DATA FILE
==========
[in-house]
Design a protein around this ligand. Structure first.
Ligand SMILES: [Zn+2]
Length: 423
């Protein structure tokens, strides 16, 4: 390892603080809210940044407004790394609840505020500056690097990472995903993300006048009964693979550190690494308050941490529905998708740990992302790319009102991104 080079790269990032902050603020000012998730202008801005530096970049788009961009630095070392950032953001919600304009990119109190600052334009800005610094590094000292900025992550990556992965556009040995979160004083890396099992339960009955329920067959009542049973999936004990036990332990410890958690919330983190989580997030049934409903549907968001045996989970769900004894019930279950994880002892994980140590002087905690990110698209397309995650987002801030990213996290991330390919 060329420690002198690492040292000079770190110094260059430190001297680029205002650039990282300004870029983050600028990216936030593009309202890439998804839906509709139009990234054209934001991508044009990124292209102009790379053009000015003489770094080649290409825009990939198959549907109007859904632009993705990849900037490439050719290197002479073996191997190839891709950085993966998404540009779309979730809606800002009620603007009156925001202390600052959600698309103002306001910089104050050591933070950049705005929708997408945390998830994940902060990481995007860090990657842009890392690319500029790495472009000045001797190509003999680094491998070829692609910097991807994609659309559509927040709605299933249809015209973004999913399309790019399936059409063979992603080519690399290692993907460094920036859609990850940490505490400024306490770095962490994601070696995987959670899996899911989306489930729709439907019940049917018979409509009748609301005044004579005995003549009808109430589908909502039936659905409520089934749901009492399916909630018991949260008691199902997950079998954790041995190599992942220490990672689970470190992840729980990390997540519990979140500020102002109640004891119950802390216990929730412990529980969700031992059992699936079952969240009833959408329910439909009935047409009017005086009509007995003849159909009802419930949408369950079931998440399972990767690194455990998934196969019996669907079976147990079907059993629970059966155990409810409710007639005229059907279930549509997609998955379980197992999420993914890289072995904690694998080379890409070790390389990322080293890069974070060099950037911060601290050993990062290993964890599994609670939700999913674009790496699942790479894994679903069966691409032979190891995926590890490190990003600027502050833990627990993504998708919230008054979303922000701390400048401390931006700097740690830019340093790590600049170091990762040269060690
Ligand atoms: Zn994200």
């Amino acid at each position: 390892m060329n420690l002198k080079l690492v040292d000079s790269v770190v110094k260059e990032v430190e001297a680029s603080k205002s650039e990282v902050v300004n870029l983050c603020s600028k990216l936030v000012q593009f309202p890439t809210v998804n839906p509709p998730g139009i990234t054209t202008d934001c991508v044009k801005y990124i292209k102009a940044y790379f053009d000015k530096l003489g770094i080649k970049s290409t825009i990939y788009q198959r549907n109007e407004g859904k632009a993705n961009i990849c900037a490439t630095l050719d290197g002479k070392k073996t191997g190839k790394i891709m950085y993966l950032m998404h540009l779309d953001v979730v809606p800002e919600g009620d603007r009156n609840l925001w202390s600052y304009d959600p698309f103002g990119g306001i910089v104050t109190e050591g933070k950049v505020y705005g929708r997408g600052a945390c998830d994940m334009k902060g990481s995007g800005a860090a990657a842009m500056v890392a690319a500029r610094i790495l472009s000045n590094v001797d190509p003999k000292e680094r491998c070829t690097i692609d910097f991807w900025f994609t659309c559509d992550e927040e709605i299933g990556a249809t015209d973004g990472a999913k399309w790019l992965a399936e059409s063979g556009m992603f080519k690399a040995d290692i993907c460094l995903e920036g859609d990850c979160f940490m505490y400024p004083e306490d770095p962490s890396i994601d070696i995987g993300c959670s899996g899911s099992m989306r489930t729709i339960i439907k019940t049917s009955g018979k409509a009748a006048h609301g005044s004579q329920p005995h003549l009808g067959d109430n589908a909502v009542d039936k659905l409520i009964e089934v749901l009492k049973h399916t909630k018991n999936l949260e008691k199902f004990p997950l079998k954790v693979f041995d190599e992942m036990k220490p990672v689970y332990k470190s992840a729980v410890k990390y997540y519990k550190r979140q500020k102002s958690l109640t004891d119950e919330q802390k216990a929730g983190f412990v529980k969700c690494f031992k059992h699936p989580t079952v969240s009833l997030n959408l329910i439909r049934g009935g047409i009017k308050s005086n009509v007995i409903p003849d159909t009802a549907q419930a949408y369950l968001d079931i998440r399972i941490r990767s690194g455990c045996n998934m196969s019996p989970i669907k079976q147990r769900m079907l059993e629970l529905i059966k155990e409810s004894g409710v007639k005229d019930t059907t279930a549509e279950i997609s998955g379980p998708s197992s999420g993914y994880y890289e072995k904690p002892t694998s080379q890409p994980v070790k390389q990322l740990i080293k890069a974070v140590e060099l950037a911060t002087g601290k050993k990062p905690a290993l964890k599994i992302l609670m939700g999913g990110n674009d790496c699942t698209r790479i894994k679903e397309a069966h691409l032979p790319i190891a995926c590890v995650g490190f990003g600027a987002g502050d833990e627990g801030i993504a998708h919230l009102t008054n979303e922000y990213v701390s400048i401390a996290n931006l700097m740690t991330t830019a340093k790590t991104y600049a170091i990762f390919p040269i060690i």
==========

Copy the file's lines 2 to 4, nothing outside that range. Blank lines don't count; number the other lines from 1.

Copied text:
Design a protein around this ligand. Structure first.
Ligand SMILES: [Zn+2]
Length: 423